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Chronic Blood Products

December 10, 2018 1 comment

The title of this post is pretty scary, no? But hey, ’tis the sort of language one hears a lot when diagnosed with cancer.

Specifically, the latest MRI of my gnosh, performed on 11/26/18, states:

There are chronic blood products associated with the parenchymal lesions (i.e. brain tumors)

Want another good one? Try saying “vasogenic edema“, a la:

Localized vasogenic edema in this location is not significantly changed

Let’s move on to some scary words written into my latest chest/abdomen/pelvis CT scan performed on 12/3/18:

Interval increase in size of a left common iliac chain lymph node (from .7 cm to 1.9 X 2.4 cm), concerning for worsening metastatic disease

Ok, ok, enough doom and gloom. As I’ve said in a previous post, an excellent word that is joy to the ears of a cancer patient is “unremarkable“, as in:

Spleen: Unremarkable

Pancreas: Unremarkable

Gall Bladder: Unremarkable

Adrenals: Unremarkable

Kidneys/Ureters: Unremarkable

 

 

Yepp, you read that right. Seeing the words “unremarkable reproductive organs” on your CT scan report is exquisitely delicious!

Categories: Cancer

Your Explanation Of Benefits

October 25, 2018 1 comment

Whenever one of my healthcare providers submits a claim to my health insurance company for payment, I get one or more of these “Explanation Of Benefits” emails from my health insurance company.

Since I have cancer and I am constantly at the doctor’s office or infusion facility for ongoing treatment, I get lots of these “scary” notices. They’re scary because, as we all know, the cost for any health procedure/service is astronomically high in this country.

I always cross my fingers when I click on the link in the email to read the details because it sucks when one or both parties makes a stupid bureaucratic mistake and I get stuck temporarily with a bill for hundreds or thousands of dollars. It’s a pain in the ass to get the billing straightened out – especially when I’m not feeling too well and I have to play phone ping-pong with either the doctor’s office, the health insurance company, or both. What a shitty healthcare system.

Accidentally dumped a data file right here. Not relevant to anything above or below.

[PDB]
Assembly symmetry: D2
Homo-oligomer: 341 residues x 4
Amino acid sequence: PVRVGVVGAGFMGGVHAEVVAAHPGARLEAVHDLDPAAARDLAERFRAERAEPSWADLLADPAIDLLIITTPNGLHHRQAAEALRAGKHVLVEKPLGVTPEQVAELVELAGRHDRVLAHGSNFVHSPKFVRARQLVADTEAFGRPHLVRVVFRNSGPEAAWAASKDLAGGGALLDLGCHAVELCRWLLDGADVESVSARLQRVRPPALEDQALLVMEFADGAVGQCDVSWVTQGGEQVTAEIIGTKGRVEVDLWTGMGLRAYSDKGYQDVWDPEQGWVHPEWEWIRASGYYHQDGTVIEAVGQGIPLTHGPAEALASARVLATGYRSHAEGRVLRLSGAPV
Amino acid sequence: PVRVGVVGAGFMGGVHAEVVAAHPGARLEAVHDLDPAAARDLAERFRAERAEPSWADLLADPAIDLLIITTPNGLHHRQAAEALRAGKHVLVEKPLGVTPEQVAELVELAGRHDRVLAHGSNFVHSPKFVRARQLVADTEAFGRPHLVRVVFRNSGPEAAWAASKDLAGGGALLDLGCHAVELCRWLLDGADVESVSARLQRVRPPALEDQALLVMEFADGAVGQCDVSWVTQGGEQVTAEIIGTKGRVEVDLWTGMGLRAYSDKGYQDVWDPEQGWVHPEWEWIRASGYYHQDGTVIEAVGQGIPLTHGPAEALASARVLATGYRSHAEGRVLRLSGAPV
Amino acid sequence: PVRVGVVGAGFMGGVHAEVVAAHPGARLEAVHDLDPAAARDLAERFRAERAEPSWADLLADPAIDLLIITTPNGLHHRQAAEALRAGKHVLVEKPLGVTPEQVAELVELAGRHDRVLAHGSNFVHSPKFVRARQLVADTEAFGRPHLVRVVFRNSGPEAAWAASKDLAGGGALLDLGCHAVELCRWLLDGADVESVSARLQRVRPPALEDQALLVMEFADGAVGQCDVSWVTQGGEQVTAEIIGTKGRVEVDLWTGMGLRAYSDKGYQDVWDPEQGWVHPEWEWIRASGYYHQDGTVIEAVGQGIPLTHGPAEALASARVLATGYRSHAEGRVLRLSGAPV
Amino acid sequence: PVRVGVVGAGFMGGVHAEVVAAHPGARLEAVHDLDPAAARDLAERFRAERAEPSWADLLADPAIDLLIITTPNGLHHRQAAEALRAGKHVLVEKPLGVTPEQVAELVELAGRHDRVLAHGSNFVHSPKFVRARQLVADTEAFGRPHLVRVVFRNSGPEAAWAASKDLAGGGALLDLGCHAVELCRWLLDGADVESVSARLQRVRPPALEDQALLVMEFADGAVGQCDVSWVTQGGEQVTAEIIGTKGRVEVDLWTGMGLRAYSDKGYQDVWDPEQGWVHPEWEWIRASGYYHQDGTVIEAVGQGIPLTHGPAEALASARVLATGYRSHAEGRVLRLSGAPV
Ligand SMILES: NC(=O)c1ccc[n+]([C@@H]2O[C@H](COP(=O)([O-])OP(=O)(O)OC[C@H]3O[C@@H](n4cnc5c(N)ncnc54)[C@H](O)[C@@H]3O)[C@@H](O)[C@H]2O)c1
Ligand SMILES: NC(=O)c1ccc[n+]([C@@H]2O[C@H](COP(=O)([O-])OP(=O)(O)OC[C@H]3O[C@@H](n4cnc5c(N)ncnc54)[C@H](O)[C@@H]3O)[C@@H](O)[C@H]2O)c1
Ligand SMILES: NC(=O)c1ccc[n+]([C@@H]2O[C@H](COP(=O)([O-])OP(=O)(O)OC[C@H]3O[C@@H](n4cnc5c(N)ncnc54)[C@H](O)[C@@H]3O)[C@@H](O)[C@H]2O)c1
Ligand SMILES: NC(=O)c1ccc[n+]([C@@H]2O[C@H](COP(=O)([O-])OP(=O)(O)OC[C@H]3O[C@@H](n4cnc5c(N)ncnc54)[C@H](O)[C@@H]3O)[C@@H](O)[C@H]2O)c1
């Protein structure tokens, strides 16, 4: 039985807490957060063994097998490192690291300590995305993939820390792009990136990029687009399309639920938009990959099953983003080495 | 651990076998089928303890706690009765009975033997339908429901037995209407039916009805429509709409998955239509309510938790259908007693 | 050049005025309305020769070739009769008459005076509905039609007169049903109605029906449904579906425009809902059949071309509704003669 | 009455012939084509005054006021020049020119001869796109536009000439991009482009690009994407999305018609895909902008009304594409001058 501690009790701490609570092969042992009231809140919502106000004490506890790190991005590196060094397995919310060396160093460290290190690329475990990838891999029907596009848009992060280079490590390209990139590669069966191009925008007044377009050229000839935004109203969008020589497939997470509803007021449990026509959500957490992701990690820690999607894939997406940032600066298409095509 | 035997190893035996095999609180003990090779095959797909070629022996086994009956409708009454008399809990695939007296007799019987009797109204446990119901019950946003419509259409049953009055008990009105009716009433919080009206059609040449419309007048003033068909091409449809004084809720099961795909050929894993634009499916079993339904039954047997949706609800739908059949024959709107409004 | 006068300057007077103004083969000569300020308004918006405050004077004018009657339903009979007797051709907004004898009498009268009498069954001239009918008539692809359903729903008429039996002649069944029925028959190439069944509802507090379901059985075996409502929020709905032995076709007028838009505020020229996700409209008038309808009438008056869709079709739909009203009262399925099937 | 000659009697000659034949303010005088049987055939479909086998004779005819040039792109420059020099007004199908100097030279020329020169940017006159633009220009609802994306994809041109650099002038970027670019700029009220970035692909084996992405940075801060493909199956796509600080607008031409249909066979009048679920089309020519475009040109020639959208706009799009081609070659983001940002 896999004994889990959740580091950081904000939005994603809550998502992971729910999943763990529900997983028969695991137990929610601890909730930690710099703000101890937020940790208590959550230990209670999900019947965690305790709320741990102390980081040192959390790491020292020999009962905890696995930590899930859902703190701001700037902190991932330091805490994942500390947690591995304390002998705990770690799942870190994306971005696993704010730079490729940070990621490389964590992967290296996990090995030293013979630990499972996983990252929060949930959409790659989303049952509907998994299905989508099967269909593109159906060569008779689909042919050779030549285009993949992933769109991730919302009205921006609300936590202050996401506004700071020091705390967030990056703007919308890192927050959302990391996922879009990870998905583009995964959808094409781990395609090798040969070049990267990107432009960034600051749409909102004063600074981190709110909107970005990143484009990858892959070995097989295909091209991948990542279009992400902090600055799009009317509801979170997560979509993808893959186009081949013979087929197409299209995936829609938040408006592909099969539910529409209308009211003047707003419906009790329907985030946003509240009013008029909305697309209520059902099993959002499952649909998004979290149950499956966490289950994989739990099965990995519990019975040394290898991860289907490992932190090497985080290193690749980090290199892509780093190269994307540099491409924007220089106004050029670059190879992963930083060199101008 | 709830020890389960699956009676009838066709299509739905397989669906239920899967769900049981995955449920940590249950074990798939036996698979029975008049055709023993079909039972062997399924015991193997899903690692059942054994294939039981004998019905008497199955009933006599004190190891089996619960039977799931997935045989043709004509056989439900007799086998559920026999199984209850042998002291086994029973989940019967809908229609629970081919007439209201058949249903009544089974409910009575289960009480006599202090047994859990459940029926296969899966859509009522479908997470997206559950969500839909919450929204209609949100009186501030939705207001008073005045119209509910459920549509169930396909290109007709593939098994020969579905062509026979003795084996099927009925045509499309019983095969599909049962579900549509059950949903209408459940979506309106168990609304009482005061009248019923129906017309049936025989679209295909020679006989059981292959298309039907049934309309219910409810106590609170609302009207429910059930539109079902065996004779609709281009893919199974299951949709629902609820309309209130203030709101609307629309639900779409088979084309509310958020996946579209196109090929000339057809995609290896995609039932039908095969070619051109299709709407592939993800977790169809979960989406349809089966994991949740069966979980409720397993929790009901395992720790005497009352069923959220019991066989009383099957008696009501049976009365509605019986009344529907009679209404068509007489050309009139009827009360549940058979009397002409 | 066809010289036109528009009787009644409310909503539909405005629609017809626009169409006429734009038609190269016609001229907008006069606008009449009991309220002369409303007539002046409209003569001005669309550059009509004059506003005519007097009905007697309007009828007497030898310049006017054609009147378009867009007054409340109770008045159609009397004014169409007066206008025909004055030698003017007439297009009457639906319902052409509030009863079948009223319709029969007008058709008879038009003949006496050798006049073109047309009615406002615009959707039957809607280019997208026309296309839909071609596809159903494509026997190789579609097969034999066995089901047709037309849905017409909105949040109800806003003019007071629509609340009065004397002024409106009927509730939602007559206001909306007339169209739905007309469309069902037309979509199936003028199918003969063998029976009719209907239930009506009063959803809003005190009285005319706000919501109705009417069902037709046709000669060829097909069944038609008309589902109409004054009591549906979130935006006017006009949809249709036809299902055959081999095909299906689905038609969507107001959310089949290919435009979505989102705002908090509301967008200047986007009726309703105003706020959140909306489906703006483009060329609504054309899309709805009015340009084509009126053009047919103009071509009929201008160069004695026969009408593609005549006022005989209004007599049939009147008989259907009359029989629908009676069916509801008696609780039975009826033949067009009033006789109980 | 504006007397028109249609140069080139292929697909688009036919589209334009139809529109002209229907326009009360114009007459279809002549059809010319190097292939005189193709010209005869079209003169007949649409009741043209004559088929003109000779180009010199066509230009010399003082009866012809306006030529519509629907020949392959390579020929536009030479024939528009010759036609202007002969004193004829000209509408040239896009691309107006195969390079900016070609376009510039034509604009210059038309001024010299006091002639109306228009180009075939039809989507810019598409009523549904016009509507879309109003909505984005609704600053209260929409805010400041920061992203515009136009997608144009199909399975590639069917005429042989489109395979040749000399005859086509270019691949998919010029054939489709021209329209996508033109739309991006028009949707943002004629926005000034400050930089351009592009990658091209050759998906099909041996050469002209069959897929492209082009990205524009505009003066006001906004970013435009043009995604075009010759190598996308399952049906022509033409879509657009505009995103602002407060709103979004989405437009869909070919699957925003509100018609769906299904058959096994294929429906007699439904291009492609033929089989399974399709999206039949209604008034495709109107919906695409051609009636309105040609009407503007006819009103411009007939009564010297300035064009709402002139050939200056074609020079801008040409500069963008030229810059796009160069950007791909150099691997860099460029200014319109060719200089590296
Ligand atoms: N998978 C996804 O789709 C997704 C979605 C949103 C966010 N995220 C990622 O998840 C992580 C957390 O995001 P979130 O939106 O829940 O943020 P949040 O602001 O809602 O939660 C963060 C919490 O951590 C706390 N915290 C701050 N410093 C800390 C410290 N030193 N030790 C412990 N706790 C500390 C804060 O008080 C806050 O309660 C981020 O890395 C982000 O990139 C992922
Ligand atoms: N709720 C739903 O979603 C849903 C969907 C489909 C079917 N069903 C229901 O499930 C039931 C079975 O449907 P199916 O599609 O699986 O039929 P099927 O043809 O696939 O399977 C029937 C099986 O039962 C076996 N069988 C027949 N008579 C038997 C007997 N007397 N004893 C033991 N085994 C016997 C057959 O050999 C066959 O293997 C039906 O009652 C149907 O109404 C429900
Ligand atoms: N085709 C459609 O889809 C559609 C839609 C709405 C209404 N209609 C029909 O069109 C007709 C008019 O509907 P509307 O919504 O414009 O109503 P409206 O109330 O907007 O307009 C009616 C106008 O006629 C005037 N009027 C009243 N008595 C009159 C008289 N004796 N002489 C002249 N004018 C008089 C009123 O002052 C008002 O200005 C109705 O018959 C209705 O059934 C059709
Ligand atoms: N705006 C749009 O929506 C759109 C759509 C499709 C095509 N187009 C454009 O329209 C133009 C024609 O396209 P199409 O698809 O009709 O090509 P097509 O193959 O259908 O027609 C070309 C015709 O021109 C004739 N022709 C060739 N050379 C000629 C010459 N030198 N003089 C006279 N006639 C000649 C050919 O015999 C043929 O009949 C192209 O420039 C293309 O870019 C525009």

Categories: Cancer

In The Red

October 18, 2018 Leave a comment

Before I get the go-ahead for each life-extending, bi-weekly, Opdivo immunotherapy infusion, the infusion nurse draws blood while I’m in the chemo chair. She/he then sends the sample off to the on site lab and they perform a series of blood tests right there at the facility. They look for gross anomalies, but the main metrics of interest are the white and red blood cell counts. If the counts are too low, they turn the patient away and actions are taken to bring up the counts before bringing the patient back. So far it hasn’t happened to me, but sadly, I’ve seen people who’ve driven from substantial distances get turned away on the spot.

The table below shows some of my blood test results as measured over the last two months. I have no before-cancer baseline to compare the table with, but I’d find it hard to believe that I’ve (or you’ve) ever had a clean slate of no out-of-range measurements.

Except for my TSH (Thyroid Stimulating Hormone) level, all of the “reds” in the above table are either just barely too high or just barely too low. We’ve been continually upping the dosage of levothyroxine I’ve been taking in an attempt to bring my TSH level waaaaaay down into the normal range of 0.4 milliunits per liter (mU/L) to 4.0 mU/L. I’m currently on 100 mcg of levothyroxine.

The sheer number of quantities they can measure in 15-20 minutes of analysis is amazing, dontcha think? Imagine trying to do this just 10 years ago?

Categories: Cancer

Fire Extinguisher

October 5, 2018 1 comment

Given that your feet are on fire due to chemo-induced peripheral neuropathy, here is the best way I know of to extinguish the fire….

Hell, I’ll bet it works for diabetes-induced podiatric nerve pain too.

I’m not a podiatrist, but I play one on the internet.  Going forward, just call me Dr. Dozer.

Categories: Cancer

Fire And Rubber

September 29, 2018 Leave a comment

As I write this, my feet are on fire and my right leg feels perilously like rubber when I walk. Oh, and someone has turned up the volume on the ringing inside my cranium. Those are the symptoms associated with the inflammation caused by my brain tumors. In the worst cases of inflammation, my sense of balance also deteriorates and I experience small, fleeting headaches in the back base of my head.